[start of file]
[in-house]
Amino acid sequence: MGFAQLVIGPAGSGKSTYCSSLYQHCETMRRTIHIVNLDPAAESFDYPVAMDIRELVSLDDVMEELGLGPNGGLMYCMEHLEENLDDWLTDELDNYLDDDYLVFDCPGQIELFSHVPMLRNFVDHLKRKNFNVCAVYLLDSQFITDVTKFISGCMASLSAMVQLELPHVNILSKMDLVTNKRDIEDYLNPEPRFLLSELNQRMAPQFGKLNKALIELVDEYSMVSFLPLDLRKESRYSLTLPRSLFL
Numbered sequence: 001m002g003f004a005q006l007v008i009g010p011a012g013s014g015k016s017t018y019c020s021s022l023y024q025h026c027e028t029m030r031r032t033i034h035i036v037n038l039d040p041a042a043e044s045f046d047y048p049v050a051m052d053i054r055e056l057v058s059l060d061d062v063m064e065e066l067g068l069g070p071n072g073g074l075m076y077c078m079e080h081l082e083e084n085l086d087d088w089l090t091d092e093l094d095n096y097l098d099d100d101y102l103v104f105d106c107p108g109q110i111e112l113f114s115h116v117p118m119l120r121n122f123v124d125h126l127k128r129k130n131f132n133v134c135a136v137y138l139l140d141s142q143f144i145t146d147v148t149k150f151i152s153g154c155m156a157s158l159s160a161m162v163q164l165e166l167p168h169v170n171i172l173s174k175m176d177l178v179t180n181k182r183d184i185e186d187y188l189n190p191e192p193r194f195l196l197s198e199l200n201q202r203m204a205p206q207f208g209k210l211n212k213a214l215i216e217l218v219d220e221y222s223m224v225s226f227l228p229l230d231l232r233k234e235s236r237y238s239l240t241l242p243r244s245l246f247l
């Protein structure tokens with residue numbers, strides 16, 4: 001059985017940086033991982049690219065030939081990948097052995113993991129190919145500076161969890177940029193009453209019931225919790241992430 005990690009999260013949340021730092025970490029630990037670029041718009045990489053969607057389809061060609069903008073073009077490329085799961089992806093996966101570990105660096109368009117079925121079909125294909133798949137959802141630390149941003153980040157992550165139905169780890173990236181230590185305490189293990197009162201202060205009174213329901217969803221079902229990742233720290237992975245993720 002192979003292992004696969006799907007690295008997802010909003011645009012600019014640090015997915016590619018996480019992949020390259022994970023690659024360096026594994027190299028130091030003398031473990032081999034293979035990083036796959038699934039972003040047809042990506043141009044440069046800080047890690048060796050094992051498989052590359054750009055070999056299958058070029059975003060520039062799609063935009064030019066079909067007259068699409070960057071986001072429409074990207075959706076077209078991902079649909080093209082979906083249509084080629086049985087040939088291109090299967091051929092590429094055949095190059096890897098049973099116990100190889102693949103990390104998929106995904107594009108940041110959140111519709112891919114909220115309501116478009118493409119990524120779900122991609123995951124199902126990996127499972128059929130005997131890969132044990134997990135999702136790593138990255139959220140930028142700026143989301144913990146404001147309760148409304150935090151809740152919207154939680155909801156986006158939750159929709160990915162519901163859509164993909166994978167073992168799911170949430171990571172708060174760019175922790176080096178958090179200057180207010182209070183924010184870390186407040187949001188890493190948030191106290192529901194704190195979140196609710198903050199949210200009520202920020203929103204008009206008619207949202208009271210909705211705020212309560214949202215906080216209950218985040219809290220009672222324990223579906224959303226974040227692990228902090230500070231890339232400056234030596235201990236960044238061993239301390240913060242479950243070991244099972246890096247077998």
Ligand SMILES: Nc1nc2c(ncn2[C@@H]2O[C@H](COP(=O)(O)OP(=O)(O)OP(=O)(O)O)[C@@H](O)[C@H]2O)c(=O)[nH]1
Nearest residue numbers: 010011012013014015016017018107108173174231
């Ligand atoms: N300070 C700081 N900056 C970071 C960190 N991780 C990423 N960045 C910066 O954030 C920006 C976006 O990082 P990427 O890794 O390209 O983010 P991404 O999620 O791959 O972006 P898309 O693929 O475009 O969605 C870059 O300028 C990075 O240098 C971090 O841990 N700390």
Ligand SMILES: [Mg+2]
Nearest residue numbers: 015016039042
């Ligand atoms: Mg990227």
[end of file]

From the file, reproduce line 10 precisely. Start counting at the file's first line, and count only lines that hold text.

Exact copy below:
């Ligand atoms: Mg990227």